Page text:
The “Reputation” of Beer


After a whirlwind week of all things craft beer during the Craft Brewer’s Conference, I’ve returned home and ready to write. Of course I’d like to tell you all of the exciting things that I did, the new beers that I tried, the cool events that took place, and maybe I will eventually, but I have something bigger to say than all that.

I attended the ‘general sessions’ as well as the press conference with the hopes of gaining some interesting insight and topics to share with all of you, but found that I was repeatedly hearing the same information about the Brewer’s Association’s fight against the ultra-merger of AB-InBev and SabMiller. While of course this is a very important issue for many reasons (that’s a post for the future), it was just tiresome. Here I was sitting among 13,000 people from the craft beer industry listening to presumably lobbyists talk about what they’re doing to fight this merge. As I sipped my coffee, struggling to stay awake through Wednesday morning’s session, I did find one little tidbit that stuck in my mind. Then, Sarah Longwell said she was “looking to protect the reputation of beer,” and that is something that I want to explore. Come along.

The thing about the ‘reputation’ of craft beer, is that we as consumers control that narrative. All of the stereotypes and demographics you hear about what/who a craft beer drinker is relies on what we bring to the table. In craft beer we like to own our sense of community, but what the community displays to the public is under our control and influence. What can we do to protect our reputation?

As a community, we need to stay on offense. The craft beer drinker is a much more diverse group than many know; we need to embrace our diversity. Beer is a gender-less beverage. Beer is a race-less beverage. There are more of us in this community than the stereotypical bearded white male persona that has been created for us. Staying on offense is contacting your local Girl’s Pint Out/Barley’s Angels chapters and getting involved. Help make our community of beer-drinking women known. Support websites like The Keg Tap who have a mostly Latino team and aim to provide a community for all beer drinkers to experience beers through their Spanish speaking lens. Call up my boy Ale Sharpton and get his point of view, you won’t be sorry.

Staying on offense also means advocating for and advancing craft beer. Attend the beer pairing dinners at your favorite local restaurant; craft beer has more depth of flavor than many wines and should be respected as an appropriate beverage to complement your meal. Tell your local law makers that you want to see positive change for the brewers in your community. Pop that bottle of your favorite brew in the VIP section, craft beer is just as worthy as Dom. At the same time, help make beer approachable by respectfully educating others about beer and participating in beer events.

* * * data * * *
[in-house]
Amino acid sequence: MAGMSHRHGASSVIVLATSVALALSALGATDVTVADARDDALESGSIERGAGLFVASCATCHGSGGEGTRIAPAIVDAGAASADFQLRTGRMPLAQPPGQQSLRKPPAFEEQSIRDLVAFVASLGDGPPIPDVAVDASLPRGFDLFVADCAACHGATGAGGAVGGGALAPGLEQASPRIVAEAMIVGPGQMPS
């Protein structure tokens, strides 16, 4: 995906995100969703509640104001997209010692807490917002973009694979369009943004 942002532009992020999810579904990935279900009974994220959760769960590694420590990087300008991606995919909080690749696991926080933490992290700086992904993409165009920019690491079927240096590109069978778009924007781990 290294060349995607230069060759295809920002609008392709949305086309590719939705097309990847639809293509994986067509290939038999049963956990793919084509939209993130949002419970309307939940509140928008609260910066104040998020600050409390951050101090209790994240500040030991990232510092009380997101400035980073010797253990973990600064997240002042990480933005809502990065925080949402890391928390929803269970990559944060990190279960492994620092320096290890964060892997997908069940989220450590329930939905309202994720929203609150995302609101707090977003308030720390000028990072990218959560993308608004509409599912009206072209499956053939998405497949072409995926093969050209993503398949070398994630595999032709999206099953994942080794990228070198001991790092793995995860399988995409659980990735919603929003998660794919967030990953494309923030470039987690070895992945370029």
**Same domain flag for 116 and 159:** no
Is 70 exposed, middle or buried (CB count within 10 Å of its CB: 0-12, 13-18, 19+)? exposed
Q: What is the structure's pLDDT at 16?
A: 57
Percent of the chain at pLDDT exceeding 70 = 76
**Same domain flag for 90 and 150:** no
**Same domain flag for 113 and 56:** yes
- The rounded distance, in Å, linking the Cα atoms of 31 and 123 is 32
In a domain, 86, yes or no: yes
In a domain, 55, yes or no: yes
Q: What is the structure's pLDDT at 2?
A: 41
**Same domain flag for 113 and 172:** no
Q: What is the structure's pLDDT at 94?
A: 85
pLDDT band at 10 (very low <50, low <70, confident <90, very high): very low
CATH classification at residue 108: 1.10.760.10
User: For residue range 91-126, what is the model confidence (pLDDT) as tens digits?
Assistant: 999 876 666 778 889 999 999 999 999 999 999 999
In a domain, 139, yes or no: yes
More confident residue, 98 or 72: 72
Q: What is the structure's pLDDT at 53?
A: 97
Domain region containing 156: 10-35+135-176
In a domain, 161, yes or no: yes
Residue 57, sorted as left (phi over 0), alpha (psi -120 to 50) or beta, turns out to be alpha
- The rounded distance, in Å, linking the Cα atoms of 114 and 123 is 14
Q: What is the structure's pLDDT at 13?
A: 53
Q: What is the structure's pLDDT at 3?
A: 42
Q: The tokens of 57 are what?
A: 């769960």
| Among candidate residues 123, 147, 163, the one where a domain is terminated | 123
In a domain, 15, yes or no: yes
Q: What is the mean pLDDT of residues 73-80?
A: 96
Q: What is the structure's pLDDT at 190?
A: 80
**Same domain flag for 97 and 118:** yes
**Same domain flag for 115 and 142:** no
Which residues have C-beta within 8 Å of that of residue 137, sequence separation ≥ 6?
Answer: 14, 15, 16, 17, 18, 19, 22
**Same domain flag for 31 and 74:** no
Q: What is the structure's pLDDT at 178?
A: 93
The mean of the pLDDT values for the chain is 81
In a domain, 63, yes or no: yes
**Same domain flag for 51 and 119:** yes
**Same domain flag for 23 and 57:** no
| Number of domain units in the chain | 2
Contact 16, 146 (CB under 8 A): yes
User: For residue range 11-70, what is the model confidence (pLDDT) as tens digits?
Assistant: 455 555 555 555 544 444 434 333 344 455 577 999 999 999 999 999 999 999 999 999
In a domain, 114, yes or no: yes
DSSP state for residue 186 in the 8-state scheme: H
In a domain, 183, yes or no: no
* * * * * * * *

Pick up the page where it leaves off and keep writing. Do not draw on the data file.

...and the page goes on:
Staying on offense requires us to be vigilant. Not all craft beer is great beer. There’s nothing wrong with telling someone that their beer isn’t up to snuff, so long as you’re providing constructive criticism on how to make it better. We don’t need our reputation to be that of inadequacy. We don’t need people trying a craft beer for the first time to find diacetyl, soapy, or other off-flavors that may turn them off from craft beer forever. We need to push for the best quality brews we can, and hold those who choose to make beer accountable for their contributions.

It may sound like a great responsibility for someone who just wants to drink a great beer every now and then. It should. If we want to boast about this great craft beer community, if we want to brag that we’re better than the ‘fizzy yellow stuff’ and want to be this entity set apart from the rest we have no choice. If we want to control the reputation that we have, we need to be the voices that create it.

1 Comment on The “Reputation” of Beer

  1. “Not all craft beer is great beer”
    How true that is. The problem these days is that a lot of craft beer is not even particularly _good_ beer, let alone great beer. The fact that an awful lot of it tastes rather like rank beginner homebrew is not helping the reputation of craft very much and may even be hurting it. Truth be told, a _lot_ of the craft beer currently made by many startups in the current explosion of new breweries tastes more like beginner homebrew, except that it is being made on a larger “kit”.
    It has been said by many craft aficionados (and I’m definitely beginning to agree) that it really seems as though craft beer drinkers are becoming a lot _less_ discriminating when it comes to quality. There may be scores more craft breweries nowadays, but 25-30 years ago, the ratio of _quality_ craft brew to lesser quality craft was certainly much higher back then.
    Consumers are finding that buying any new, untried craft brew these days has definitely become something of a crap shoot.

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